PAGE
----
Computer Broken? 4 Expert Tips for Fixing a Broken Hard Drive

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With computers playing an integral role in everything from interpersonal communication to managing your financing, it’s a big deal when your computer stops working. Yet, it’s inevitable. Your average desktop computer will last approximately 5 years.

In some cases, the computer was just lower end and couldn’t support the physical upgrades you’d need to keep it operational. More often, though, something physical wears out inside the machine. One of the most common culprits for failure is a broken hard drive.

Just because a hard drive fails, that doesn’t mean you must wave goodbye to everything on it forever. Keep reading for four tips for fixing a broken hard drive.

1. Check External Connection

A lot of people use external hard drives as a way to expand the functionality of existing machines. Minimally, it lets you add storage to a machine that may not come with much native storage. A lot of laptops only offer 256GB of onboard storage, for example.

You can also store programs on those external drives that would otherwise eat up limited space on the internal drive. Most external drives connect via USB and some require external power.

Check those USB and power connections. Sometimes a repair really is as simple as seating a connection a little more firmly.

2. Check Internal Connections

If you want to repair an internal broken hard drive, you must still start with the cable connections. Unfortunately, it’s not quite as easy as the external drive. You must open the case of your computer to physically access the drive.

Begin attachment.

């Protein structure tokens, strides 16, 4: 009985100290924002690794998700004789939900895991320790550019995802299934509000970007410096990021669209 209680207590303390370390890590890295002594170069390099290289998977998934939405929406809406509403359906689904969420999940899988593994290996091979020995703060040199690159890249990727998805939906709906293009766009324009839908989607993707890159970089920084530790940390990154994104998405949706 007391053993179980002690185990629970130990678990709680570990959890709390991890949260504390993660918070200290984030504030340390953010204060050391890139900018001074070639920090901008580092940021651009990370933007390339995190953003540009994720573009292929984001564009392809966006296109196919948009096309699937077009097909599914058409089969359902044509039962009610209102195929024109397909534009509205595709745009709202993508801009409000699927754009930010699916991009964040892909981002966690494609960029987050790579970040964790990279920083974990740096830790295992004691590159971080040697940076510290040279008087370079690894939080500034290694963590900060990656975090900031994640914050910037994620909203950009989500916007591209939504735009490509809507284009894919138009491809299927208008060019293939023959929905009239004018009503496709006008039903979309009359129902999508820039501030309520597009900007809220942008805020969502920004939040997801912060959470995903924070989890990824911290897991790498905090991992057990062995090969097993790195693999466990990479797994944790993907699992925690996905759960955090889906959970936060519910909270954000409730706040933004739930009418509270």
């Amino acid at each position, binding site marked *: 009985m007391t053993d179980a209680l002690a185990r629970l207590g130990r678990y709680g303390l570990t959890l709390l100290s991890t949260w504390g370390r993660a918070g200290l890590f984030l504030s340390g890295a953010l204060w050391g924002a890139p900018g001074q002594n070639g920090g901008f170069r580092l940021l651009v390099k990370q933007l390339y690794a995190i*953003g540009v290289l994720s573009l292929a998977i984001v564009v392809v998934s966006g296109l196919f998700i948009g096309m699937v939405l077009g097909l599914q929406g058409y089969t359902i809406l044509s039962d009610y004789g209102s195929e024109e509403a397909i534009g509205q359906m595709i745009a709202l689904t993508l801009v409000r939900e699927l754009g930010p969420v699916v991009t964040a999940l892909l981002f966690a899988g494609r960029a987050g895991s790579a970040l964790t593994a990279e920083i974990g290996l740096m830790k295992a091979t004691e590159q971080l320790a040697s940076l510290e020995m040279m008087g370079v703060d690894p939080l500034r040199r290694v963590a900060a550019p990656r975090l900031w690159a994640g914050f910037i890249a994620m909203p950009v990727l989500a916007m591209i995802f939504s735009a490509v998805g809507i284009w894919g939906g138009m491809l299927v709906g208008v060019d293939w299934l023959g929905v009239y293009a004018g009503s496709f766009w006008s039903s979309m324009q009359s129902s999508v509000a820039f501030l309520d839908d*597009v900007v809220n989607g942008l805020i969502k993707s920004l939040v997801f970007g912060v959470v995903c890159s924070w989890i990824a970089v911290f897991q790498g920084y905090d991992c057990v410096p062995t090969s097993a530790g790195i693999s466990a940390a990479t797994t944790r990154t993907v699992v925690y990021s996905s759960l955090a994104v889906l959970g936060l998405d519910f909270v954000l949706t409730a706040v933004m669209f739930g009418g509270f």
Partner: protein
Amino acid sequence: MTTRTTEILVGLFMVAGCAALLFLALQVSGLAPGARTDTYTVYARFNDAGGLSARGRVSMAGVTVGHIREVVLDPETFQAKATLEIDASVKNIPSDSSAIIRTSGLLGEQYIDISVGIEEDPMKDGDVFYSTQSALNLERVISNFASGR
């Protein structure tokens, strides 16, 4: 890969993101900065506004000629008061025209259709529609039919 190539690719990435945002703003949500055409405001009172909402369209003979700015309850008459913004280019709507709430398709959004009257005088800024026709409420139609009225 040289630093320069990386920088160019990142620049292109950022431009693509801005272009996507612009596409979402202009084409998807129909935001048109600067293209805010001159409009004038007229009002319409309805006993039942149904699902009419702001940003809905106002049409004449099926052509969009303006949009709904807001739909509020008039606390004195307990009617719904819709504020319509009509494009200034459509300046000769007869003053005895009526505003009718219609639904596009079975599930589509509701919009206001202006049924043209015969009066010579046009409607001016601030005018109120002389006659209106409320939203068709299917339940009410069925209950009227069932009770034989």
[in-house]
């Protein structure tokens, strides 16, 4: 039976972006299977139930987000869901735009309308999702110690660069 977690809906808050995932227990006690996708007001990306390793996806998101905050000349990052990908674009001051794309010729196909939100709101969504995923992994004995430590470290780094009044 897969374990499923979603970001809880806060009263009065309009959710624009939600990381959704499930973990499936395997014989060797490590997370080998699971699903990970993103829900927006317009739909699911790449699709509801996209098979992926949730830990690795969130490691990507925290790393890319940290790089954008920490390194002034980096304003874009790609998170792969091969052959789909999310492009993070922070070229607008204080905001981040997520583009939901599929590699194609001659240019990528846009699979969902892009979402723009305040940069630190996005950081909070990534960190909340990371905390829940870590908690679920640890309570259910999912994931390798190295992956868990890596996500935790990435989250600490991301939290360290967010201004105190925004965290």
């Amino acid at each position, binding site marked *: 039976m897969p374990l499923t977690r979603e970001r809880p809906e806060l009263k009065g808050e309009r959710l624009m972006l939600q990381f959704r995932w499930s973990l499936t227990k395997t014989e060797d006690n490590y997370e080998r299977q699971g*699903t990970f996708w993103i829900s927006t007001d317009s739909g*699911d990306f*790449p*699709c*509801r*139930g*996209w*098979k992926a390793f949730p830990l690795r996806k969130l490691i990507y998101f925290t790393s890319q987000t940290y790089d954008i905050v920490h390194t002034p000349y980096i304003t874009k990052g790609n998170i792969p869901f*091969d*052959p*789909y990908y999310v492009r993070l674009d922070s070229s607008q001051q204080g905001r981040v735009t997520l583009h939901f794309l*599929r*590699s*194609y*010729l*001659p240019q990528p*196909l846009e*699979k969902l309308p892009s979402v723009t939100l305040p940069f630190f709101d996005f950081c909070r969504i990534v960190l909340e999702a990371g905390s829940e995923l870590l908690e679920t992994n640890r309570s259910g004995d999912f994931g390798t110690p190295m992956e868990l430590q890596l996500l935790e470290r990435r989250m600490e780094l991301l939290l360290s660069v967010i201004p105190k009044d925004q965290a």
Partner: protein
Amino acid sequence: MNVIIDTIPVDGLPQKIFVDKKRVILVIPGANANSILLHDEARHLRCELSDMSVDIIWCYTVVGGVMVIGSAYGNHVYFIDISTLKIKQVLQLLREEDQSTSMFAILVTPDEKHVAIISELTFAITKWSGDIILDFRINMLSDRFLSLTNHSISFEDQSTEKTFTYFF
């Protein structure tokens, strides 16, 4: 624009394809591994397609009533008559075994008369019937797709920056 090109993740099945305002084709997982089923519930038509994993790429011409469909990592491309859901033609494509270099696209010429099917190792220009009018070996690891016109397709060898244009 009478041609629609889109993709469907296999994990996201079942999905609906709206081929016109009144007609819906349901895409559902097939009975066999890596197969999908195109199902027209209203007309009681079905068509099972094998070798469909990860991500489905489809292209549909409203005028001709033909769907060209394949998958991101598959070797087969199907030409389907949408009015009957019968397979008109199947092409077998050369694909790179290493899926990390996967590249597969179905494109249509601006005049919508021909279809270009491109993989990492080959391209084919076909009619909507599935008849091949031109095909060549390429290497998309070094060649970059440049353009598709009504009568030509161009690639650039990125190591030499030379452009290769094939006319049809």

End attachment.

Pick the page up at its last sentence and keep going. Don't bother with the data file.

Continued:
Internal hard drives typically use two main cables: power and a data cable. The good news is that these should be the only cables attached to your drive. You’ll want to check that both cables remain firmly seated in the drive and on the motherboard.

Again, seating the cables can fix the problem.

3. Does the Computer See It?

If the computer doesn’t boot, it’s possible that the computer doesn’t see the drive. You can check for the drive in the BIOS settings. You can typically access the BIOS on computers by pressing F10, F2, or a similar key during startup.

If the computer doesn’t see it or can’t access it, odds are good that the drive is beyond repair.

4. Recover Broken Hard Drive

In cases where nothing works to fix the drive, recovering the data is still possible. You can try to DIY it or look for professional services that specialize in hard drive data recovery.

Professional data recovery is typically the best option if the files or data on the drive cannot be replaced some other way.

Fixing a Broken Hard Drive and You

The reality is that fixing a broken hard drive is often a lost cause. If the problem isn’t a loose cable connection or power connection, it probably means some kind of fatal damage to the drive itself.

For most failed hard drives, some kind of data recovery is often your best and only option.

Looking for more computer repair tips? Check out the posts over in our Technology & Gadgets section.